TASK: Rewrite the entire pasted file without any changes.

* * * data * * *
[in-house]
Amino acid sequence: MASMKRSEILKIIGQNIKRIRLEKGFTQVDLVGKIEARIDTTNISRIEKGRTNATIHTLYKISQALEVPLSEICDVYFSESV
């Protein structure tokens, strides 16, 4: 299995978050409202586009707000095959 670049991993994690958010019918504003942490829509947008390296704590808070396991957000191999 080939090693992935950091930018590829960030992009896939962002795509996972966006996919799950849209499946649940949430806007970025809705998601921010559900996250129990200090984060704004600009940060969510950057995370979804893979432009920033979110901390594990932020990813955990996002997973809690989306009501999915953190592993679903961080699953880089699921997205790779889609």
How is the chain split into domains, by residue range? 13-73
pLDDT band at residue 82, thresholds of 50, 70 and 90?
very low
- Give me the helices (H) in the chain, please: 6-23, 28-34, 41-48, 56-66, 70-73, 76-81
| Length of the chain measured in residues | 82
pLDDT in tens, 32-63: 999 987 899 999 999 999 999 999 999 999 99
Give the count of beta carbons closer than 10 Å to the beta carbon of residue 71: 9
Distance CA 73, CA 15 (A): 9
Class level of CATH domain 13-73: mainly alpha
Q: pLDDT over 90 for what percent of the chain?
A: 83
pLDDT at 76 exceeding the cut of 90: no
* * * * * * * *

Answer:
[in-house]
Amino acid sequence: MASMKRSEILKIIGQNIKRIRLEKGFTQVDLVGKIEARIDTTNISRIEKGRTNATIHTLYKISQALEVPLSEICDVYFSESV
């Protein structure tokens, strides 16, 4: 299995978050409202586009707000095959 670049991993994690958010019918504003942490829509947008390296704590808070396991957000191999 080939090693992935950091930018590829960030992009896939962002795509996972966006996919799950849209499946649940949430806007970025809705998601921010559900996250129990200090984060704004600009940060969510950057995370979804893979432009920033979110901390594990932020990813955990996002997973809690989306009501999915953190592993679903961080699953880089699921997205790779889609």
How is the chain split into domains, by residue range? 13-73
pLDDT band at residue 82, thresholds of 50, 70 and 90?
very low
- Give me the helices (H) in the chain, please: 6-23, 28-34, 41-48, 56-66, 70-73, 76-81
| Length of the chain measured in residues | 82
pLDDT in tens, 32-63: 999 987 899 999 999 999 999 999 999 999 99
Give the count of beta carbons closer than 10 Å to the beta carbon of residue 71: 9
Distance CA 73, CA 15 (A): 9
Class level of CATH domain 13-73: mainly alpha
Q: pLDDT over 90 for what percent of the chain?
A: 83
pLDDT at 76 exceeding the cut of 90: no